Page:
James Harden was adamant all season that he doesn't need any rest during the NBA season.
That could change next season after Harden put forth one of most putrid performances by a star player in NBA postseason history.
The Houston Rockets star had just 10 points on 2-of-11 shooting and committed six turnovers on Thursday as his club was steamrolled 114-75 by the San Antonio Spurs in Game 6 of the Western Conference semifinals. San Antonio won the series, four games to two, and totally shut down Harden over the final six quarters.
Harden had just 10 points on 3-of-11 shooting and committed six turnovers during the second half of Game 5.
The ending made it a down note for Harden, who averaged 29.1 points, 11.2 assists and 8.1 rebounds during the regular season when he missed just one game, due to illness.
Houston coach Mike D'Antoni asserted that rest is something that will happen occasionally next season.
"All great players think they can do everything," D'Antoni told reporters. "Maybe he does need to take a game off here and there. 'Hey, you're nicked up a little bit, don't play, maybe.' Something to talk about, but that's also his greatness, too. So it's hard. It's very delicate.
"And again, I feel so sorry for him because he's had an unbelievable (season). I mean, he's had a historic year, and you can't just say, 'OK, one game ...' and all of the sudden, social media goes crazy. ... But he will get better.
"We will talk about it. I can help him. The offense will get better. I can get him off the ball some. I can save his legs a little bit and have more confidence (in other ball handlers). Pat Beverley can run the team a little bit. We can do different things."
While D'Antoni and the rest of the players were required to address Thursday's porous effort, Harden was nowhere to be found on Friday's exit interview day.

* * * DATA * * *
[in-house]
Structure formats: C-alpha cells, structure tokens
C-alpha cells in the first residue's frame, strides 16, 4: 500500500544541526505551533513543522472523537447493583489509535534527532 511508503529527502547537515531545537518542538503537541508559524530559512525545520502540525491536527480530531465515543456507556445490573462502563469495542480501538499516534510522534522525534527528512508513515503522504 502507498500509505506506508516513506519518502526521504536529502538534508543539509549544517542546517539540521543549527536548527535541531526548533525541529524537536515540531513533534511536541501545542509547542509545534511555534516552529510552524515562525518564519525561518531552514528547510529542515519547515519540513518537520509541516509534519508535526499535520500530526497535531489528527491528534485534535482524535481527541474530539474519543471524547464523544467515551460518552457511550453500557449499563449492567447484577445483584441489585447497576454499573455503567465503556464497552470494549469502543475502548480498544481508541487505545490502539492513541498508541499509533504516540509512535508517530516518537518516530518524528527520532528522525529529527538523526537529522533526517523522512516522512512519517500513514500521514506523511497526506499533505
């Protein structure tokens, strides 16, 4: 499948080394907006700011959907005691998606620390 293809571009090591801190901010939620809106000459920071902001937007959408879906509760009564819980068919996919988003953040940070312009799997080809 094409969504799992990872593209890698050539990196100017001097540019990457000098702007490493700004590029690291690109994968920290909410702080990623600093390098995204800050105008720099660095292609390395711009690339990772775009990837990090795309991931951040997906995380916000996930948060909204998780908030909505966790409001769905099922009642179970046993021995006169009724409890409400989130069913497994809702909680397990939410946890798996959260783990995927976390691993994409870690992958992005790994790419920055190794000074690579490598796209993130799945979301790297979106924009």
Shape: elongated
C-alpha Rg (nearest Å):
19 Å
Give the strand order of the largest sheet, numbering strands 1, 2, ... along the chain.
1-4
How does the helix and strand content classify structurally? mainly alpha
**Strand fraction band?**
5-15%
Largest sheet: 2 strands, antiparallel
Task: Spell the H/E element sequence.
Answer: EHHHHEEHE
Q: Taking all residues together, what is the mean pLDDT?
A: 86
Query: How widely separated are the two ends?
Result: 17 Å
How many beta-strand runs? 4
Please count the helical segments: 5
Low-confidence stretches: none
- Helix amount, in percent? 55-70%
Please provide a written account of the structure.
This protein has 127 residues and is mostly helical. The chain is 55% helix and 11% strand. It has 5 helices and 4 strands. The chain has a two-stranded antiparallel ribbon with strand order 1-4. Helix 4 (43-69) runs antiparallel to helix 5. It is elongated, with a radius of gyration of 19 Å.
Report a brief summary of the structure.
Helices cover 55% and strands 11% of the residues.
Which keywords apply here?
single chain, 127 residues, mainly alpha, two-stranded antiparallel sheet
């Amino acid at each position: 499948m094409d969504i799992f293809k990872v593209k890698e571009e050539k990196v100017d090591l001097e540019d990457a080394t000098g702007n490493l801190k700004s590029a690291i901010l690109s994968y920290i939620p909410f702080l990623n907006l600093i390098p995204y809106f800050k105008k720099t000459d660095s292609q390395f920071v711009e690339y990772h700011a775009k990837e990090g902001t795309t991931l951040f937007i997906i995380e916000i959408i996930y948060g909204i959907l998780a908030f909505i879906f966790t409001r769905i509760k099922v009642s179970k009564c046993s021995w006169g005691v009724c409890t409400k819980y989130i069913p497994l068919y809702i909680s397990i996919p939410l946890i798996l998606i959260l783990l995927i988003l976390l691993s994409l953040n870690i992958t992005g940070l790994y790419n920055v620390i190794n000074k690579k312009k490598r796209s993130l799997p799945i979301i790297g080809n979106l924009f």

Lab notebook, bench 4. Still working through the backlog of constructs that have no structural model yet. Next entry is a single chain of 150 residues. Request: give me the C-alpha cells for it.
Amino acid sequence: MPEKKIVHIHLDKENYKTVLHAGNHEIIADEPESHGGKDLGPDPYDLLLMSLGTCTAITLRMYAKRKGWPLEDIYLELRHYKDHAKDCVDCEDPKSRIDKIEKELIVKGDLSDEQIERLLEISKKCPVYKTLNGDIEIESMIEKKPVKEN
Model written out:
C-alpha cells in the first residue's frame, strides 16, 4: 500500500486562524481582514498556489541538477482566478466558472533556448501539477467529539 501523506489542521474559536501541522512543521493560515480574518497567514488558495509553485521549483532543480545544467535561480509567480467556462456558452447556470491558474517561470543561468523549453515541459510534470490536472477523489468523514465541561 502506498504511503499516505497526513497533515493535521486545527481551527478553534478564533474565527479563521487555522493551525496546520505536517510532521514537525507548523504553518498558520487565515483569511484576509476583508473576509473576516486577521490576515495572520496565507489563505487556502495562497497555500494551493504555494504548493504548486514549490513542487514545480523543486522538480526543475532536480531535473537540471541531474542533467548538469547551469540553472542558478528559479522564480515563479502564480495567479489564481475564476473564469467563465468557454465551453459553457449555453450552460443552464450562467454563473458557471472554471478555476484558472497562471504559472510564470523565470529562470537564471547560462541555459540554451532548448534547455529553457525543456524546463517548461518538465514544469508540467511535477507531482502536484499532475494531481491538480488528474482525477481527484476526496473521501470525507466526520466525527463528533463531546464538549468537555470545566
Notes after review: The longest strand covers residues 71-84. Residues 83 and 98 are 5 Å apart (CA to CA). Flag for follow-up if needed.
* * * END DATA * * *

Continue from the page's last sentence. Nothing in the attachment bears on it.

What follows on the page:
Harden took responsibility for Houston's poor performance in the postgame press conference. Then Rockets general manager Daryl Morey and D'Antoni briefly spoke with Harden and decided to "give him some space."
Morey said Harden was devastated and that the organization will soon schedule a meeting with him to discuss the offseason.
Morey also feels the MVP candidate is receiving too much criticism for the team's ouster.
"Obviously, you see (he) had a tough game," Morey said. "But to me it's a joke to get on him, because we're not where we are (without Harden). "The guy that's hardest on James is James."
D'Antoni figures the Rockets can approach this season's 55-win campaign and perhaps be better.
He also said he will make sure Harden has more help -- and make adjustments to his playing time.
"He's had a historic season, and we can get that better," D'Antoni said. "Obviously, we'll sit down. Save his energy, play him less, manage it better. ... We'll work that together. One game can't erase nine months of work."
Harden didn't feel he was fatigued in Thursday's loss. He credited the Spurs for causing his issues.
"I really just didn't have a rhythm at the beginning of the game," Harden said. "I feel like I was making some passes, and we just didn't knock down shots or whatever the case may be. As a team, as a unit, we didn't have a rhythm and they capitalized on that."